Better real estate market foreseen

January 08, 1995|By Kevin L. McQuaid | Kevin L. McQuaid,Sun Staff Writer

The state's Department of Assessments and Taxation is projecting that values of city skyscrapers have reached their nadir and will gradually rebound by the time they are re-evaluated at the end of 1997.

"What we've seen is that the downtown market is close to bottoming out and that a slow recovery is under way," said Owen C. Charles, supervisor of Baltimore City assessments for the state agency.

The agency's reaction to the perceived improvement became evident earlier last week when it released new triennial assessments for office towers in the city's business core that are essentially unchanged from a year ago.

By leaving most assessments unchanged through 1997, the agency appears to be stating that the hemorrhaging of value that took place in the aftermath of the local market's collapse in 1990 has ebbed.

The agency is basing its projection on falling vacancy rates downtown and assumed future rental rate increases, Mr. Charles said. Although the Class A vacancy rate has dropped to 15.7 percent, the city's overall vacancy level is 19.7 percent, nearly 5 percentage points higher than the rest of the region.

The unchanged assessments are expected to benefit city businesses short-term as well because increases in valuations -- which directly relate to the amount of property tax paid to the city -- are normally passed on to tenants through rental increases. Without an increase in assessments, city office tenants' rents should remain essentially the same, several property owners said.

In the wake of the 1992 assessment cycle, dozens of property owners appealed -- and won -- reversals of state assessments that had increased despite one of the worst real estate climates since World War II.

As a result, landlords shaved millions off their assessments and cut into the city's property tax base. At the same time, building owners leveled criticism at the department for being unresponsive to weakening conditions downtown.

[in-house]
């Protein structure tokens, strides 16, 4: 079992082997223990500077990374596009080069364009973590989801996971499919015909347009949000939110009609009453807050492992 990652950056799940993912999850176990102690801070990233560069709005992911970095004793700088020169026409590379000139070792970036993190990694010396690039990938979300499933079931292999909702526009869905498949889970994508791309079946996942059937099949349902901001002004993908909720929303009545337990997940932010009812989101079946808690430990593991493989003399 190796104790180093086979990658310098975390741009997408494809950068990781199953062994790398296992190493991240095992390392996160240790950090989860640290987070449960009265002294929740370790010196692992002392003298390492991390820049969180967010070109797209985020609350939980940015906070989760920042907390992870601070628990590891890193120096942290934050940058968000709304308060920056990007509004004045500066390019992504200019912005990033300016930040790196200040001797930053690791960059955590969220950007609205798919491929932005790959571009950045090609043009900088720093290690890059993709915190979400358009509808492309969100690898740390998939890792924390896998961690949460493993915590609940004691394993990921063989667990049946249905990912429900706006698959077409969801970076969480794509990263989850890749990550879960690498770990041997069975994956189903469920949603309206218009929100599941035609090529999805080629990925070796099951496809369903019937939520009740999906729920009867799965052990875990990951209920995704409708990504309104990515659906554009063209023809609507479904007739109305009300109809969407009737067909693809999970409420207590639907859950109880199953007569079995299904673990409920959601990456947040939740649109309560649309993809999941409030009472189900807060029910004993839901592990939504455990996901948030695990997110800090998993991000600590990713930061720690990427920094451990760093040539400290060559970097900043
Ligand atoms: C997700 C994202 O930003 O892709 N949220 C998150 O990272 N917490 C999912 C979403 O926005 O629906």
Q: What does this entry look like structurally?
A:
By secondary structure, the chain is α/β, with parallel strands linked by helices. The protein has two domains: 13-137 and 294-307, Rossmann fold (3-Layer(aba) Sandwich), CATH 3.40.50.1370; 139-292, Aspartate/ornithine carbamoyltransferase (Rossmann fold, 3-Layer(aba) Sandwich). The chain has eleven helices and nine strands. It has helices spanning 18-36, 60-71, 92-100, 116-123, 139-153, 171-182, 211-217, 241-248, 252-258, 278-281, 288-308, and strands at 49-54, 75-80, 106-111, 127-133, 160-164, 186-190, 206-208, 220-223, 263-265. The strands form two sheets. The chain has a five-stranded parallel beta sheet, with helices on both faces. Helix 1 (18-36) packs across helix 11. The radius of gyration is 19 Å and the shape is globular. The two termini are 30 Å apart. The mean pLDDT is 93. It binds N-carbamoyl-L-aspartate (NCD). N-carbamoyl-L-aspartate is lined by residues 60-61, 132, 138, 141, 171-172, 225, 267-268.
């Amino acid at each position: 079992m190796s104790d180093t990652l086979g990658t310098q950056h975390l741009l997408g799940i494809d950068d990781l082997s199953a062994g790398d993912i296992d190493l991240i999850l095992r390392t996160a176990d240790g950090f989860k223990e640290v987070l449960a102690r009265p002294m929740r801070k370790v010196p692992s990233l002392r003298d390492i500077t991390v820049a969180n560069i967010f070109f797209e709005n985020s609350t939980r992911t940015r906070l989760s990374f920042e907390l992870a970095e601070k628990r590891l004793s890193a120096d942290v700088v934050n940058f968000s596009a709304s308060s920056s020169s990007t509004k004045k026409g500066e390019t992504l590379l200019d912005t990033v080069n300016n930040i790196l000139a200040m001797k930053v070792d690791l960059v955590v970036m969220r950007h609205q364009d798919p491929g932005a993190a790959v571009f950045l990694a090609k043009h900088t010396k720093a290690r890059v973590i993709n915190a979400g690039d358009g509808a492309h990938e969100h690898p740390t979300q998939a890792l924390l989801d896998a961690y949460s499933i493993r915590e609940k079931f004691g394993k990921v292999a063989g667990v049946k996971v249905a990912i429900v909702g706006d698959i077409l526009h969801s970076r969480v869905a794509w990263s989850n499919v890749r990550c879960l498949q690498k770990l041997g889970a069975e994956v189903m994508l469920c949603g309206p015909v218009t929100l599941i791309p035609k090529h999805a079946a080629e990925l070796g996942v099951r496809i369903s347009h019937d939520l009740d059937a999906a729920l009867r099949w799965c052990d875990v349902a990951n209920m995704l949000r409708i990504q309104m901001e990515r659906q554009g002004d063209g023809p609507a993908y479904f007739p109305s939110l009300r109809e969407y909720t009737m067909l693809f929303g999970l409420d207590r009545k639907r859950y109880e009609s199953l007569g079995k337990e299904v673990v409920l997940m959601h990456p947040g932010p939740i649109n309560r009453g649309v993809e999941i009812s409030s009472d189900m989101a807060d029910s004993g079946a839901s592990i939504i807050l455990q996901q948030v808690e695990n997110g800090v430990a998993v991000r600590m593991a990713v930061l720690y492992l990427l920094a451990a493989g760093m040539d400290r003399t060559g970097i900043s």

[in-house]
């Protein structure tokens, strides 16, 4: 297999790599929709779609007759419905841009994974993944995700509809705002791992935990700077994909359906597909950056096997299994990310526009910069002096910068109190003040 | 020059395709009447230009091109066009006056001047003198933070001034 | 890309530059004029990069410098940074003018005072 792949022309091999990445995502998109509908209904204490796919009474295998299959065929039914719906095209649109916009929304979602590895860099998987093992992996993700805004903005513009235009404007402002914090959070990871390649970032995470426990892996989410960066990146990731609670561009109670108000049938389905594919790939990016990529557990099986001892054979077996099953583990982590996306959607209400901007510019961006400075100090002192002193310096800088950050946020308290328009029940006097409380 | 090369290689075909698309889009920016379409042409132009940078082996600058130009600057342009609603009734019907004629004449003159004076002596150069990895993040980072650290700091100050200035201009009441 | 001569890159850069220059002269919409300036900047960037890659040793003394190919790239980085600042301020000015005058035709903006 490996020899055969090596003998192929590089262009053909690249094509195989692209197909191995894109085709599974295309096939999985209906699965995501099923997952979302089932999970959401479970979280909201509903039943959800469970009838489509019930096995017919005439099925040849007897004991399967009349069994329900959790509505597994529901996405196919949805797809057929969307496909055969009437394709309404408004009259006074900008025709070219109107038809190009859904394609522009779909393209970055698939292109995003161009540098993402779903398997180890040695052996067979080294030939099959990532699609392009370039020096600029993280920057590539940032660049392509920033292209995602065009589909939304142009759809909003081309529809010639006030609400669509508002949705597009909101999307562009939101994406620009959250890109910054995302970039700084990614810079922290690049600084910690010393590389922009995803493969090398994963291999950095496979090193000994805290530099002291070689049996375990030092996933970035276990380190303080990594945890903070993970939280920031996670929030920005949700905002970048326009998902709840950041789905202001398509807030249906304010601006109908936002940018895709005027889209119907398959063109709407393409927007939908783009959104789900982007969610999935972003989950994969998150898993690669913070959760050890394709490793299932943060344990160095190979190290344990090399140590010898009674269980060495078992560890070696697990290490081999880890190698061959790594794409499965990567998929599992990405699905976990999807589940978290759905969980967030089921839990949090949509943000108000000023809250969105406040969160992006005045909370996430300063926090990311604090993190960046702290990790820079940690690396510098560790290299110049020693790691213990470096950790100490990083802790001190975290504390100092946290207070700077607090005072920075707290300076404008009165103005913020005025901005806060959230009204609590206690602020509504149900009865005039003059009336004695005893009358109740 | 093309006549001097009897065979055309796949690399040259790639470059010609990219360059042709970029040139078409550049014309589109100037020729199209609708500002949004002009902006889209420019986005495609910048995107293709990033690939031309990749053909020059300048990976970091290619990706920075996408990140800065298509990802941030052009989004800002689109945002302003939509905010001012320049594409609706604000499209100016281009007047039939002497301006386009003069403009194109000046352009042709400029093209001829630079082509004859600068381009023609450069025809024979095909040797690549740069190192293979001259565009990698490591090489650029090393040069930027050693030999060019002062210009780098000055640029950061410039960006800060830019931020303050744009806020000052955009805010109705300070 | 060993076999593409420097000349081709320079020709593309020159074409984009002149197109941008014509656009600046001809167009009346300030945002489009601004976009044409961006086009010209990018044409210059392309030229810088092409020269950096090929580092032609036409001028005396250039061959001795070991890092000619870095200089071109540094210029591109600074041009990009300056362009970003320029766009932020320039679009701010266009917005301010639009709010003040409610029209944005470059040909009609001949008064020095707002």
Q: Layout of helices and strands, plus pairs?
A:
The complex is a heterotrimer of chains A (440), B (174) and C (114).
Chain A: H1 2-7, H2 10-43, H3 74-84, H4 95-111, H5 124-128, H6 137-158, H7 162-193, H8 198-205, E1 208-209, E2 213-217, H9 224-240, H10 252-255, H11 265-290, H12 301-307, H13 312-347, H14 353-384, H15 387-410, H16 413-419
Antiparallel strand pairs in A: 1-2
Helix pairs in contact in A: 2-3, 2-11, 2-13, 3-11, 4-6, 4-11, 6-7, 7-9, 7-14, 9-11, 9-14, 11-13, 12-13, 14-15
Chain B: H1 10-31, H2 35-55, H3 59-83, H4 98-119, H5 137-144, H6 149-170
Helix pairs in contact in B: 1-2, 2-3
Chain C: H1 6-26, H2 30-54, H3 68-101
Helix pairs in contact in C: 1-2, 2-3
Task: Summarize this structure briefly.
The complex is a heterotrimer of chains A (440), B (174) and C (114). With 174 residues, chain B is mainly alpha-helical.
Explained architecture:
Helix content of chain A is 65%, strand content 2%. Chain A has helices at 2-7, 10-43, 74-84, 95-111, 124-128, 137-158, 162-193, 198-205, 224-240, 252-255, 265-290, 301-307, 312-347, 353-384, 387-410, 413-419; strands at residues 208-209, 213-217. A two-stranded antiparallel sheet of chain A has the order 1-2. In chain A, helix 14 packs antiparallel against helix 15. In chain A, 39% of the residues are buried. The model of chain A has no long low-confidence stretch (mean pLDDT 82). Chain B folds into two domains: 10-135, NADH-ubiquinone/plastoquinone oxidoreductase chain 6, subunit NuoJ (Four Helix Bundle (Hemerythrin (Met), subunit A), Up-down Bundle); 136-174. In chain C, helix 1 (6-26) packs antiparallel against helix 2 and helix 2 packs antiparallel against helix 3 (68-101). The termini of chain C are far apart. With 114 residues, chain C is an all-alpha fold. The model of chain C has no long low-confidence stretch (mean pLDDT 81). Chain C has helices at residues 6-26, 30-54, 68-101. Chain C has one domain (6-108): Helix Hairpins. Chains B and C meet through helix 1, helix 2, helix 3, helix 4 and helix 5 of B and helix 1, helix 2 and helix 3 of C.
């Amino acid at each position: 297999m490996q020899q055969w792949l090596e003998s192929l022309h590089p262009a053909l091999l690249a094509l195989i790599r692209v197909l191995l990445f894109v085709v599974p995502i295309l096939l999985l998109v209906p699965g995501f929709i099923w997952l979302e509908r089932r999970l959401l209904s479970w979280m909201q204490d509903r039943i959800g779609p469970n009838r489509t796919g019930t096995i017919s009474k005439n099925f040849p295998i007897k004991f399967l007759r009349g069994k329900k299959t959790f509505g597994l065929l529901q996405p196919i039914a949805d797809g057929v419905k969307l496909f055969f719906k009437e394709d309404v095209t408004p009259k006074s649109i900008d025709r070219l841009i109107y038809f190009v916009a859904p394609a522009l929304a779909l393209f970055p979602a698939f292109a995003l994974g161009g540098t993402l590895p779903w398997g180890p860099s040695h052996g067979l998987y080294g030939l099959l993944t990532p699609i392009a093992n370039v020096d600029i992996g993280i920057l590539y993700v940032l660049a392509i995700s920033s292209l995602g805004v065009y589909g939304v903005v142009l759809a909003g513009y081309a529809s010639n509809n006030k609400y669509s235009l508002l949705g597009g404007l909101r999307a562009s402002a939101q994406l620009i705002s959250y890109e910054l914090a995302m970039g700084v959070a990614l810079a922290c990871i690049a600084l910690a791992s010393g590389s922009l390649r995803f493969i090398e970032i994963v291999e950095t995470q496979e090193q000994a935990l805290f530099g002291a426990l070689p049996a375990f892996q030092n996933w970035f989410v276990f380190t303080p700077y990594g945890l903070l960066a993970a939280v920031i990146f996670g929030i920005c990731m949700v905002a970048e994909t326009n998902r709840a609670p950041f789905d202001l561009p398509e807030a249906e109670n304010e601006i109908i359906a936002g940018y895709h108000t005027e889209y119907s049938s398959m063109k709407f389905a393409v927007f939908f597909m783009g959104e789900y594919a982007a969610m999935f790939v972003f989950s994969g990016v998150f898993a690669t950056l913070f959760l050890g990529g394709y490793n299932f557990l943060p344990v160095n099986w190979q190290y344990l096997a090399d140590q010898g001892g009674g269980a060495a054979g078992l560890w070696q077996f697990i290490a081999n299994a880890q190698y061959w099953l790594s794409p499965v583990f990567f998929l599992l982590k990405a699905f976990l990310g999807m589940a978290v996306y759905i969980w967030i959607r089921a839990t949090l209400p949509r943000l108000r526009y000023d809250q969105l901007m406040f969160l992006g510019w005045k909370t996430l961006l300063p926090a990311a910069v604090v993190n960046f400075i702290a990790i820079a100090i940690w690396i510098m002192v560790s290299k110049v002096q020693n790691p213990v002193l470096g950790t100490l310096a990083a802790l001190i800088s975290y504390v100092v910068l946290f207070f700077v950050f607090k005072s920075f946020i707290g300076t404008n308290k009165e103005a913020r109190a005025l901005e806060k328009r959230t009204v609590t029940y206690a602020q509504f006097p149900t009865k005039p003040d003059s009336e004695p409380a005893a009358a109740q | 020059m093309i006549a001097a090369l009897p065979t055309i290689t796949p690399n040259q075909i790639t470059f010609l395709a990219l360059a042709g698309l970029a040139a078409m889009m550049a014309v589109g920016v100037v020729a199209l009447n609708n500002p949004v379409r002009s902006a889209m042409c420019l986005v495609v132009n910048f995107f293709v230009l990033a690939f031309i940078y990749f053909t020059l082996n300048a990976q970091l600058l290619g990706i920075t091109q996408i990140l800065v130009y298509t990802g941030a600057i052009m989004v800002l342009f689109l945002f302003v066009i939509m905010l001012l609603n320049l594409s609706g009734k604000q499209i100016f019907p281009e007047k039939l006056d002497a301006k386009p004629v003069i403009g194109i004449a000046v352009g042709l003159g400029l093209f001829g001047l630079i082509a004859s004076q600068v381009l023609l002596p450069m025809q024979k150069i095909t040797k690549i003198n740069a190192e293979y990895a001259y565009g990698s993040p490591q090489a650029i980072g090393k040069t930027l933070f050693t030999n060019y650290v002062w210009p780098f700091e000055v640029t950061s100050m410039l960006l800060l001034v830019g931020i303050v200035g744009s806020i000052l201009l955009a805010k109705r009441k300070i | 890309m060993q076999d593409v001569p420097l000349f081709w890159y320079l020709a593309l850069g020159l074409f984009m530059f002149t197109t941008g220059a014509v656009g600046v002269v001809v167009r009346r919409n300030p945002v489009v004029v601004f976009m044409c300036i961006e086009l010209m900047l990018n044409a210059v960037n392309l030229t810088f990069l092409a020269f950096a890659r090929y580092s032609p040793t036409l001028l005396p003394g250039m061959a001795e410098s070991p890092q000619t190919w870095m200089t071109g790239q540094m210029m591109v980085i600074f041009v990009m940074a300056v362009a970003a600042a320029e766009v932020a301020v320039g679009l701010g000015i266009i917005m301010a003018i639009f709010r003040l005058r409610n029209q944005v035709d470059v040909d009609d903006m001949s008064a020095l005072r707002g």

"The state [of Maryland] had been slower to react to changes in the market than in Northern Virginia," said James L. Kaplan, a senior investment analyst for real estate with MetLife Realty, owner of the 23-story One Charles Center. "There, we rarely had to challenge an assessment because they were more proactive."

In the past three years, MetLife reduced One Charles Center's assessment by 62 percent through appeals, to $11.75 million. State records show it will remain at that level through 1997.

With the latest round of valuations and past adjustments through appeals, many landlords said they did not expect to contest their 1995 assessments.

"I think any further appeal would be futile because our assessment was reduced so dramatically in early 1994," said Ray W. Hamm, executive vice president of MBC Realty Co., the real estate arm of Mercantile-Safe Deposit & Trust Co.

MBC Realty's assessment on the bank's 21-story headquarters at 2 Hopkins Plaza was cut by 25 percent after appeal to $31.7 million, state records show.

But other landlords may feel as if the state's cuts weren't deep enough.

"Values appear not to be as overstated as three years ago," said T. Scott Basik, a Basik, Bushel & Shelton attorney who has represented a number of property owners in successful appeals. "However, a number of buildings continue to have declining income streams and significant vacancies, and [they] will need additional assessment reductions to be brought in line with true market values."

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